If you haven't been to Columbia Harbour House in a while, I do have a little disappointing news, the chicken fingers are gone and in their place are chicken nuggets. I guess this was an attempt to both cut cost and appeal more to the kids. Also as I said before the menu has changed a little, the Captains Special which consisted of two pieces of fish and two chicken strips and fries is now two pieces of fish, chicken nuggets and fries and isn't called the Captain's Special any longer; now it is just simply "chicken breast nuggets and fish.” In an attempt to be a healthier option you can now get apple slices instead of fries. We were hit with this change back in 2007 so it has been long enough to get over it, but we'll always remember the good times. The food here is on par with everything else in the park at a quick service location. We tend to stick with the same menu items here, but I have heard good things about the rest of the offerings. For a look at an updated menu check out Or for you folks with iPhones, the WDW Dining app is awesome; I will be reviewing iPhone apps soon.

Now for my tip on CHH, the upstairs seating area is almost never as crowded as it is downstairs. Caveat: Everywhere is crowded if it is a really busy time of the year, which we try to avoid these days. Even then we will alter our lunch time to miss some of the standard middle of the day screaming kids (and adults.) My sis and I have made a ritual of getting the same table upstairs near a window that looks out over Haunted Mansion. The second floor is almost always quiet and there are condiment stations so you don't have to load up on all of that downstairs and juggle malt vinegar on a slippery tray. There are also a set of restrooms upstairs which are also usually not busy.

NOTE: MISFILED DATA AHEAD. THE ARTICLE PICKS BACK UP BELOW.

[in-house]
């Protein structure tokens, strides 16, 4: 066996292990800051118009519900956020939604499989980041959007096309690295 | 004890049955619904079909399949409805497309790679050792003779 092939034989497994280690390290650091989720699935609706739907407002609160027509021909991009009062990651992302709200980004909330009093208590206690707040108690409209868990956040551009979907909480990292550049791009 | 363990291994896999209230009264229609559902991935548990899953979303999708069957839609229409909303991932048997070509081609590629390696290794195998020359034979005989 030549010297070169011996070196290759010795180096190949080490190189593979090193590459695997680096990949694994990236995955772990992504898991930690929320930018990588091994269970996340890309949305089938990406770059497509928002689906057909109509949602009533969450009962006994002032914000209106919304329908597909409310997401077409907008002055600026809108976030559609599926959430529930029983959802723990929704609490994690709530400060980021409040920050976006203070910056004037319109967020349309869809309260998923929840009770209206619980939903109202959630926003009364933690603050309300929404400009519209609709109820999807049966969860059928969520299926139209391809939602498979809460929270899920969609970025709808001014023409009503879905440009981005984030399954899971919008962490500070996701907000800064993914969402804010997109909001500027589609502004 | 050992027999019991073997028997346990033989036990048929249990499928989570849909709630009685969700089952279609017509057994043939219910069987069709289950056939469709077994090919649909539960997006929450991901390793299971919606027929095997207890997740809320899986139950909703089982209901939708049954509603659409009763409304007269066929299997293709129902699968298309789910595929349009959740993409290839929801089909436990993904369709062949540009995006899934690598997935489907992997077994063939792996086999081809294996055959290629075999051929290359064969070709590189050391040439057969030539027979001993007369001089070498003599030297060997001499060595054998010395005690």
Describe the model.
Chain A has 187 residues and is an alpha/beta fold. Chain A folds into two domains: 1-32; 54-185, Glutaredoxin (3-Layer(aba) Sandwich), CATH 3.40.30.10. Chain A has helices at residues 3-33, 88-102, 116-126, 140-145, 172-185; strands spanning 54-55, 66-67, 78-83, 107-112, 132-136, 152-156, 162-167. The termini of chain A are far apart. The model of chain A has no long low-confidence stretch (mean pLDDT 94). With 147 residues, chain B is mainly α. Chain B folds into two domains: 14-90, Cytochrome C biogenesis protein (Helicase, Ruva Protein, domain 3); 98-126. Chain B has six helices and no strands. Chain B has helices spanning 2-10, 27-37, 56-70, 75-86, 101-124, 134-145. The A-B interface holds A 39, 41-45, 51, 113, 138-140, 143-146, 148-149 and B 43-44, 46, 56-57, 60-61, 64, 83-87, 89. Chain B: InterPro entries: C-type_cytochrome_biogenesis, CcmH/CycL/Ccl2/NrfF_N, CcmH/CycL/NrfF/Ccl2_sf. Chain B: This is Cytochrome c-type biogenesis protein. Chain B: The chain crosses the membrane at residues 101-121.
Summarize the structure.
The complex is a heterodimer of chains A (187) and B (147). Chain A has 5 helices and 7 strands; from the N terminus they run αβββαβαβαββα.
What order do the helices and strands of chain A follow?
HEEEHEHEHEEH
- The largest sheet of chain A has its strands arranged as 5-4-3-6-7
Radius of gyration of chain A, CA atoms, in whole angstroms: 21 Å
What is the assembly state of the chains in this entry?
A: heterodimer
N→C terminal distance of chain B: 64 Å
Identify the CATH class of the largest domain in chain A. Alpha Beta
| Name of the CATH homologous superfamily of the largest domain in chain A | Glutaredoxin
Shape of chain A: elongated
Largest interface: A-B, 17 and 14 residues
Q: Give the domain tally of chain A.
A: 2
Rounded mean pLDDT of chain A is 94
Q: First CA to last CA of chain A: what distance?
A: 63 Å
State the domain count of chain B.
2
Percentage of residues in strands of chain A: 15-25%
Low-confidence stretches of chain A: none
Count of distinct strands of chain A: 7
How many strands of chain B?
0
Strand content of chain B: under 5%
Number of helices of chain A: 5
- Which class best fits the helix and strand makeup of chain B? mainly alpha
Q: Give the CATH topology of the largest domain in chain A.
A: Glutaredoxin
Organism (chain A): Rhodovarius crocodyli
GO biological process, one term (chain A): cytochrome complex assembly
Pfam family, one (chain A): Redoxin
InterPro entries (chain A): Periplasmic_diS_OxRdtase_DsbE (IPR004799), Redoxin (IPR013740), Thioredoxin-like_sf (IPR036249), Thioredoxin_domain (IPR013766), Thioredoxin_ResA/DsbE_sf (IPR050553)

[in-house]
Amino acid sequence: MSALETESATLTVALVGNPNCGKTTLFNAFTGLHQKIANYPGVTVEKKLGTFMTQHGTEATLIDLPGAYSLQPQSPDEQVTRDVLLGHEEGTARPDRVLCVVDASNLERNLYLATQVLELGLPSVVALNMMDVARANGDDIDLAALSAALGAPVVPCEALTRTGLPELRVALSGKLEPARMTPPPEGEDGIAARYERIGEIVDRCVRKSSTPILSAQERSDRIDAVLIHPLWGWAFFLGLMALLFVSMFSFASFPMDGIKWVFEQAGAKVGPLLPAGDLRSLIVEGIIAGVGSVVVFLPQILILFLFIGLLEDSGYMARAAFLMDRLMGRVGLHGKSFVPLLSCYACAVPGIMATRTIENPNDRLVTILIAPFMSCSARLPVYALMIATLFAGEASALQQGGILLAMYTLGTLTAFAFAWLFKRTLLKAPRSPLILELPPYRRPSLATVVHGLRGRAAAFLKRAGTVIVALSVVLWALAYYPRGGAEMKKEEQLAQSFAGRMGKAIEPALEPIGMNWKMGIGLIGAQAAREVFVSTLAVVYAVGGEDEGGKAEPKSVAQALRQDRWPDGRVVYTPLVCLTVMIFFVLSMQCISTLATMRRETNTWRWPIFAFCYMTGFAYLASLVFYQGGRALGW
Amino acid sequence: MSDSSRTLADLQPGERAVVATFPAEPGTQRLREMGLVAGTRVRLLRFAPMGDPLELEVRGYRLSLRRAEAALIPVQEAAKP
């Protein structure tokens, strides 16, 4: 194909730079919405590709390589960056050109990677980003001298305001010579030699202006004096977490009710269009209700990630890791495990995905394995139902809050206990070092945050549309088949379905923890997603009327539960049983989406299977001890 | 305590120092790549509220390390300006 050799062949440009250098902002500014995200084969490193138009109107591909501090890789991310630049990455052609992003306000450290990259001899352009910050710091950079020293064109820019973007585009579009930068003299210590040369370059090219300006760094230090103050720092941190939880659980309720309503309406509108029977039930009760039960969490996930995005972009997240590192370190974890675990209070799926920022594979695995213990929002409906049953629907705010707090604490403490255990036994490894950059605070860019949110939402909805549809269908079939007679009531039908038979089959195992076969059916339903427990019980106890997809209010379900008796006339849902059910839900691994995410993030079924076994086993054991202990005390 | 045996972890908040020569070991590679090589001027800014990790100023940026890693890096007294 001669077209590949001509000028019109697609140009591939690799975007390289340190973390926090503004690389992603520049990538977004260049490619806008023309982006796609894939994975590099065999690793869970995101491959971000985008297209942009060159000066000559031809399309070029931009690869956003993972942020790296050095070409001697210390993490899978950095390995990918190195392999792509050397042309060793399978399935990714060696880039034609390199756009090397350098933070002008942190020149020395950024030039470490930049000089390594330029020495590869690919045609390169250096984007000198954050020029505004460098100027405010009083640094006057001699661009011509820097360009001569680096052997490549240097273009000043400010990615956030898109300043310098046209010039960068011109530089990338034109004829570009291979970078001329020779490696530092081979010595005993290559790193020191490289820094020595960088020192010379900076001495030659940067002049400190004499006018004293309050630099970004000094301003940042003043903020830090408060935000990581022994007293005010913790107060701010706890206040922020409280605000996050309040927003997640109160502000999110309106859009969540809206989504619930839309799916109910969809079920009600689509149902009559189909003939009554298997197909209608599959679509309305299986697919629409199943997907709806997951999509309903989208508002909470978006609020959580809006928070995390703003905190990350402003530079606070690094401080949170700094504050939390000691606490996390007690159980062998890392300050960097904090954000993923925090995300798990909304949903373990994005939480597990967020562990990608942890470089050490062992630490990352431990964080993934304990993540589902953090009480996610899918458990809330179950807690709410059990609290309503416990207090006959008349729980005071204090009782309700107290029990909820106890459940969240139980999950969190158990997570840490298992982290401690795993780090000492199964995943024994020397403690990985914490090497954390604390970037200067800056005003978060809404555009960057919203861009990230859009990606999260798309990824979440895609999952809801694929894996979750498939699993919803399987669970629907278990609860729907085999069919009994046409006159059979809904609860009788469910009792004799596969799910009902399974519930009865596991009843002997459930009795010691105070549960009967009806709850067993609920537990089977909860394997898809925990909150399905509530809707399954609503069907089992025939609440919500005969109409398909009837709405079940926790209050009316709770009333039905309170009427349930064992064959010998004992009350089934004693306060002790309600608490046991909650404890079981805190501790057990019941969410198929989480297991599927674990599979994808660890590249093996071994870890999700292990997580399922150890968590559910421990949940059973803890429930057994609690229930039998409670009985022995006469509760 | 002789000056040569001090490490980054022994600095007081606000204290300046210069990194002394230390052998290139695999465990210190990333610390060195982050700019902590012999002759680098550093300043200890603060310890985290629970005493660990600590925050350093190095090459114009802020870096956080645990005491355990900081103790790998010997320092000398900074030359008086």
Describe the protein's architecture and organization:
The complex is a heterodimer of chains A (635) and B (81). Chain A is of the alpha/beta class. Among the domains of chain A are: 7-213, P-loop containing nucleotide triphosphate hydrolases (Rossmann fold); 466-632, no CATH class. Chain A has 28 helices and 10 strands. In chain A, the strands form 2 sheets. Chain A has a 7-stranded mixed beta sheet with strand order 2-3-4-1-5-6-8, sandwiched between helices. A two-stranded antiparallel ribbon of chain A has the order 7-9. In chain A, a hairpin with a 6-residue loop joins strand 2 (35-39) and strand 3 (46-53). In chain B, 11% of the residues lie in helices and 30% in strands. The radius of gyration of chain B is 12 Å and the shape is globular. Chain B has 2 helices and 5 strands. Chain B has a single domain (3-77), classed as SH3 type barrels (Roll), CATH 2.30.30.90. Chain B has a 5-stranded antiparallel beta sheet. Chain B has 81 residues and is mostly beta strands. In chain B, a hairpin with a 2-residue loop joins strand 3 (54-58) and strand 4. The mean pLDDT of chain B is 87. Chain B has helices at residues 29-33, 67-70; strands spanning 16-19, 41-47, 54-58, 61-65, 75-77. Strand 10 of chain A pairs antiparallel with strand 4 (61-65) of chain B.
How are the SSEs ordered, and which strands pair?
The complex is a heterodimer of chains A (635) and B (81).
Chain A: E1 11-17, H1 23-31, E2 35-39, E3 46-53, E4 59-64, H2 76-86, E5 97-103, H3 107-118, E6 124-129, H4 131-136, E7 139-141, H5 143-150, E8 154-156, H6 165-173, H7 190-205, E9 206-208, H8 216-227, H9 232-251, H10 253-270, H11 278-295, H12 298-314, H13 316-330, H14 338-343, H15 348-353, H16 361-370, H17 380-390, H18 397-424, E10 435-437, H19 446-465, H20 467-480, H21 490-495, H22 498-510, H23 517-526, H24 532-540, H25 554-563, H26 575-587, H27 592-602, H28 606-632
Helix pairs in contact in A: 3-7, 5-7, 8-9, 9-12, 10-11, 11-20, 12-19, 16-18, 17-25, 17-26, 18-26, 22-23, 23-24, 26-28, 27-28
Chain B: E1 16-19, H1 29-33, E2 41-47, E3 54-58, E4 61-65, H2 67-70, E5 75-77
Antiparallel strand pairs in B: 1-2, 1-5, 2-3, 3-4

We love Columbia Harbour House and are partial to the fish and chicken basket. What is your favorite menu item here? Do you also use CHH as a brief escape from the heat and the crowds? Please leave your comments below.

Wednesday, July 14, 2010

Photo Flashback - Discovery Island

Discovery Island was home to 140 species of animals and 250 species of tropical plants until Disney's Animal Kingdom opened. It was accessable only by boat so many guest bypassed it. An area of AK is named in honor of it. Here is Ridge in 1991 with some "OLD" friends on Discovery Island.

Tuesday, July 13, 2010

Team Favorites - Character Meals

Character dining is one of the truly unique experiences offered at Walt Disney World.  Yes, lots of places offer a good breakfast but no one other than Disney lets you combine that meal with the magic of some one-on-one time with your favorite characters.

Today our team discusses our favorite character meals at Walt Disney World. 

Amy:  For breakfast, my favorites are Chef Mickey's and The Crystal Palace.  We took Tink to Chef Mickey's breakfast for her first birthday.  It was a good meal, a fun atmosphere, and I like the chef costumes for the characters.  You can't beat a ride on the monorail to start the day.  For my full review, click here.